A suicide car bomber targeted a security checkpoint in northwestern Pakistan on Wednesday, killing two soldiers, a policeman, and a civilian, the military and security officials said.
It was the second militant attack to hit Pakistan’s Khyber Pakhtunkhwa province in as many days.
The bombing happened in North Waziristan, a district in Khyber Pakhtunkhwa that borders Afghanistan and is a former stronghold of the militant Pakistani Taliban group, also known as Tehreek-e-Taliban Pakistan (TTP).
A number of civilians were also wounded in the attack, according to Rehmat Khan, a local police official.
The military in a statement also confirmed the car bombing and the casualties. It said the attacker wanted to target a nearby public gathering but security forces “prevented a major catastrophe” by immediately intercepting the car bomber.
No one immediately claimed responsibility for the attack, but suspicion is likely to fall on the TTP.
Also on Wednesday, the TTP claimed responsibility for an attack the previous day on an oil and gas plant in Hangu, a district in Khyber Pakhtunkhwa, on the border with Afghanistan. Dozens of militants attacked the plant on Tuesday, killing four security troops and two private guards, officials said.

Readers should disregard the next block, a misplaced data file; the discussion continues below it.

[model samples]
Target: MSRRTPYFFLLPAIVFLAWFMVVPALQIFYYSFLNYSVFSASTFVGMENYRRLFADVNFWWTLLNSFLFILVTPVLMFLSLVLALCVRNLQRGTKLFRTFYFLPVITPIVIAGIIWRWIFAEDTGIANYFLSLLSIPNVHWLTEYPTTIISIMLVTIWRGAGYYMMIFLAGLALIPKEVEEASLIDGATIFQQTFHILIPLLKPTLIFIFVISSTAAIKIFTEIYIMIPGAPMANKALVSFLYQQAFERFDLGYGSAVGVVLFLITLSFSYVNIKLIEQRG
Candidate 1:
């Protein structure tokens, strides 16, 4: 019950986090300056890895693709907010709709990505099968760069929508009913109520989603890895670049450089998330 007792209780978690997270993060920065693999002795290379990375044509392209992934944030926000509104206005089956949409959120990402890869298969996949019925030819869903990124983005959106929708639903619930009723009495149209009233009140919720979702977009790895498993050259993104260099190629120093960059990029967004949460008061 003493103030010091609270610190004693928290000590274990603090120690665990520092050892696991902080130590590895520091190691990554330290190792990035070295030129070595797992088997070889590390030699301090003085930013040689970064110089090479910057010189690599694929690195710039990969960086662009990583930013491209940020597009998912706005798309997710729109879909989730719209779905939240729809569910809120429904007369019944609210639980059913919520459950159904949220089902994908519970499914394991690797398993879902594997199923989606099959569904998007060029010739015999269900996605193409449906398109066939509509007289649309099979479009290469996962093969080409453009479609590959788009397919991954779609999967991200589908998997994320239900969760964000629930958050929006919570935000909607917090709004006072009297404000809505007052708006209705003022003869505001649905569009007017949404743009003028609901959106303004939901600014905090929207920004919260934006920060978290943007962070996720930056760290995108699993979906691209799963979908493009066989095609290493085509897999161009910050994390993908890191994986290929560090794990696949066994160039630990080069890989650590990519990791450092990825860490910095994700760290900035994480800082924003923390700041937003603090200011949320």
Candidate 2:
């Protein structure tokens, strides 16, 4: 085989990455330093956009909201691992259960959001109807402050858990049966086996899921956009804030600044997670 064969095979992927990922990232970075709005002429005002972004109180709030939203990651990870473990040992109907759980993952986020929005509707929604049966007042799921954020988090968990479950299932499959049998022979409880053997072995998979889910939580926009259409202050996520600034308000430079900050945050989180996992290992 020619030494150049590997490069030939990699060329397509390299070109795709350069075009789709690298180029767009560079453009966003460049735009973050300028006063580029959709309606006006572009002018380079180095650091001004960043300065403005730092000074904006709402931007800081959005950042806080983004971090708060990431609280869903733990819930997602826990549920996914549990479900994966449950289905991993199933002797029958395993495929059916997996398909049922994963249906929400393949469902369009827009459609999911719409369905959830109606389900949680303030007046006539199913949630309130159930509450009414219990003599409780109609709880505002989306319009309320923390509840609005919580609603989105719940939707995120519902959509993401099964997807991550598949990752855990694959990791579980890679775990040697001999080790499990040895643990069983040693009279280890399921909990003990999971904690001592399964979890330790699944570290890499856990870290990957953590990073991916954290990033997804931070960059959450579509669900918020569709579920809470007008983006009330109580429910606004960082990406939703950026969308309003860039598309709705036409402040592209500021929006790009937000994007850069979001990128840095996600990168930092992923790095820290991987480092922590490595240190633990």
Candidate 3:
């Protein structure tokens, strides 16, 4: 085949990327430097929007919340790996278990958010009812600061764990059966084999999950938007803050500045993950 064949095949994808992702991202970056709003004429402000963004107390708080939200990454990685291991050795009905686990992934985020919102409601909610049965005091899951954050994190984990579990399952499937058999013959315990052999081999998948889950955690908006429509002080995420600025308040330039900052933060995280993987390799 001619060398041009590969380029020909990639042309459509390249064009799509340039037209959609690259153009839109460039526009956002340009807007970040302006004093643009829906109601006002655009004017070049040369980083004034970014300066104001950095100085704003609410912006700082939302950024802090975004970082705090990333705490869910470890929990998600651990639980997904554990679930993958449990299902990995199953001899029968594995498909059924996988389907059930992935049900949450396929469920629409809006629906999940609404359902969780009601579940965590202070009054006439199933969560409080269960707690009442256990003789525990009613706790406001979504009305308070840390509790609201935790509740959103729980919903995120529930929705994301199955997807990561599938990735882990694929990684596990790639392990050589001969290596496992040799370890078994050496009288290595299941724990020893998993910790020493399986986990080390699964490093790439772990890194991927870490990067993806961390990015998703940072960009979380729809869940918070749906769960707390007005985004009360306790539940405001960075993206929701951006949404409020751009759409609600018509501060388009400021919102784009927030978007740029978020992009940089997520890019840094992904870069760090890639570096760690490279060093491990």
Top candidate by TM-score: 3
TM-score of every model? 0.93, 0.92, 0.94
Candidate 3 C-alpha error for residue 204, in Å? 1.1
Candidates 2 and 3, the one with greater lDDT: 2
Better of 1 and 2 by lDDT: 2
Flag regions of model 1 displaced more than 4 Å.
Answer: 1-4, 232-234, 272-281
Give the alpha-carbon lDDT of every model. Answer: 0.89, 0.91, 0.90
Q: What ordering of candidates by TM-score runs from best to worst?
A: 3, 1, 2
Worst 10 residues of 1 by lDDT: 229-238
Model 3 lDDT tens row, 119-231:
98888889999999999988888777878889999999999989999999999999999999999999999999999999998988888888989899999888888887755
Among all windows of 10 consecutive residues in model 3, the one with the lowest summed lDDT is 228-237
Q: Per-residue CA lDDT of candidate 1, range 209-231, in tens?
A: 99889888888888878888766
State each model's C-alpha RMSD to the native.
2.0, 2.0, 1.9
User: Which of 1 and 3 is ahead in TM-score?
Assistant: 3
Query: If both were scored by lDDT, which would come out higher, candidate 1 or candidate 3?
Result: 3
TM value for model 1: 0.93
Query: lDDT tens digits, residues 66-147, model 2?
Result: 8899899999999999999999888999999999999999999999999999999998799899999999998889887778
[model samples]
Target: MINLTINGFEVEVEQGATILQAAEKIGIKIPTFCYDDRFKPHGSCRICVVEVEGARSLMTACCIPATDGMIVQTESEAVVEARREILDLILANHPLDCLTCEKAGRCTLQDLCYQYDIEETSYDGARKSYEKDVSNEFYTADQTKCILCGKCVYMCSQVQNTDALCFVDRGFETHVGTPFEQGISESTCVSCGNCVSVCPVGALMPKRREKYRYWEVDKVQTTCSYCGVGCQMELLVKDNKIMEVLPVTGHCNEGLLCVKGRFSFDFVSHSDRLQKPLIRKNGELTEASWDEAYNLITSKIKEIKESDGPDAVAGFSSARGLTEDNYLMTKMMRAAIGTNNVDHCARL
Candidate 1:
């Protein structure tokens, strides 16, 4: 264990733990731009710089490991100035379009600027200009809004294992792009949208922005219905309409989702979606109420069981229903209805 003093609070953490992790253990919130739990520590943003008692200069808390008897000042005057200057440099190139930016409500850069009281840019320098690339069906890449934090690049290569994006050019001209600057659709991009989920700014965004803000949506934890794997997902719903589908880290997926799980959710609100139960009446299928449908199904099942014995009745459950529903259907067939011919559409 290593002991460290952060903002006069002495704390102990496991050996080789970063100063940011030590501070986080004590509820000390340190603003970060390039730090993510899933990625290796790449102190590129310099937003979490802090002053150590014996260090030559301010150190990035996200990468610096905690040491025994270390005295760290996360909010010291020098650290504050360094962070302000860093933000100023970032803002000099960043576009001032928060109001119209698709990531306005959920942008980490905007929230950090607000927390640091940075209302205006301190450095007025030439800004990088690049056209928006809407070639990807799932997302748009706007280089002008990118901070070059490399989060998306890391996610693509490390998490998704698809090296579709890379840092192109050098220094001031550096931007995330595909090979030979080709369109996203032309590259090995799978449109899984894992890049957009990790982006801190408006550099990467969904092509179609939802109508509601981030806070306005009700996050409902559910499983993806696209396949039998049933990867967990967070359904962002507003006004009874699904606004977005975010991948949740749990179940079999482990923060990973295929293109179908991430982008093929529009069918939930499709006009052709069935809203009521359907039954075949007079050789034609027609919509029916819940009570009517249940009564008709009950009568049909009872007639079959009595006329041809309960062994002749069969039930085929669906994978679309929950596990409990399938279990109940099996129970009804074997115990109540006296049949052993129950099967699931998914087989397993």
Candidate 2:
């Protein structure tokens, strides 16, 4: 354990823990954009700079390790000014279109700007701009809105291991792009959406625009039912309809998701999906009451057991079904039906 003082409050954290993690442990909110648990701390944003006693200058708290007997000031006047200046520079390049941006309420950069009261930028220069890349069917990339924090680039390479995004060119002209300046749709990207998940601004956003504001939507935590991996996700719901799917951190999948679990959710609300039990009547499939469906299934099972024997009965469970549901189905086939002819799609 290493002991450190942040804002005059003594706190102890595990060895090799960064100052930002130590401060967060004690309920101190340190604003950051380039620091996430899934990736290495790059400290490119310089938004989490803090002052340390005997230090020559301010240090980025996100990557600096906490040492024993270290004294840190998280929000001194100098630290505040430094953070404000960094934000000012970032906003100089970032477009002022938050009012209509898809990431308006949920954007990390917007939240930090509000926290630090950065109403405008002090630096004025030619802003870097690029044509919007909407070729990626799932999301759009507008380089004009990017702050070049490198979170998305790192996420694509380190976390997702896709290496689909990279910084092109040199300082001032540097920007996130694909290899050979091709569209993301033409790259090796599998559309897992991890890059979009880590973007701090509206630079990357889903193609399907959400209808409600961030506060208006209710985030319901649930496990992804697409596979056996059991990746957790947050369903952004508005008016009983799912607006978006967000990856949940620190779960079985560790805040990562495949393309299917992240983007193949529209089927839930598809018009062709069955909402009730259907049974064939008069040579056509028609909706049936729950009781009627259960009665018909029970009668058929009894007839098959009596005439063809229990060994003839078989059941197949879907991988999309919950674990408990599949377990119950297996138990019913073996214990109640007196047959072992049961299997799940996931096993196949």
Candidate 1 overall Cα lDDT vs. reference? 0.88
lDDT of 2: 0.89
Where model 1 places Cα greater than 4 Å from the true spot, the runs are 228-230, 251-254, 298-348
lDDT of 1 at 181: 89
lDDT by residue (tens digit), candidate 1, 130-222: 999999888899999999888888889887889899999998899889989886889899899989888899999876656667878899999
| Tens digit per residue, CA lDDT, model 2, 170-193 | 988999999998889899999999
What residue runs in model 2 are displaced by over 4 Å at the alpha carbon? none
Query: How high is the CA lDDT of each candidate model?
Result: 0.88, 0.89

Oil production was temporarily suspended following the attack on the oil and gas extraction facility run by a multinational European company, MOL Pakistan Oil and Gas, in Hangu.
The company said the attackers never reached the facility itself but fought with the troops and guards outside.
“Production from the wells has been temporarily shut down by remote access and the wells are now secured,” the company said in a statement on Tuesday.
The attack triggered an intense shootout, according to the local police chief, Sawab Khan. He said a wide search was underway to apprehend the attackers, who fled the scene.
Though a separate group, the TTP remains a close ally to the Afghan Taliban, who took over Afghanistan in August 2021 following the withdrawal of U.S. and NATO forces from the country after two decades of war. The takeover some say has emboldened the TTP in Pakistan, as its fighters and leaders often take shelter across the border, in Afghanistan, straining relations between the two countries.
The TTP has stepped up attacks in recent months, after unilaterally ending a ceasefire with the Pakistani government in November. In response, Pakistan has ramped up security operations targeting the group.
Pakistani security forces killed six militants in a raid on their hideout in South Waziristan, a district also bordering Afghanistan, the military said Wednesday. It did not provide any details about the slain insurgents, but such operations are usually carried out against the TTP.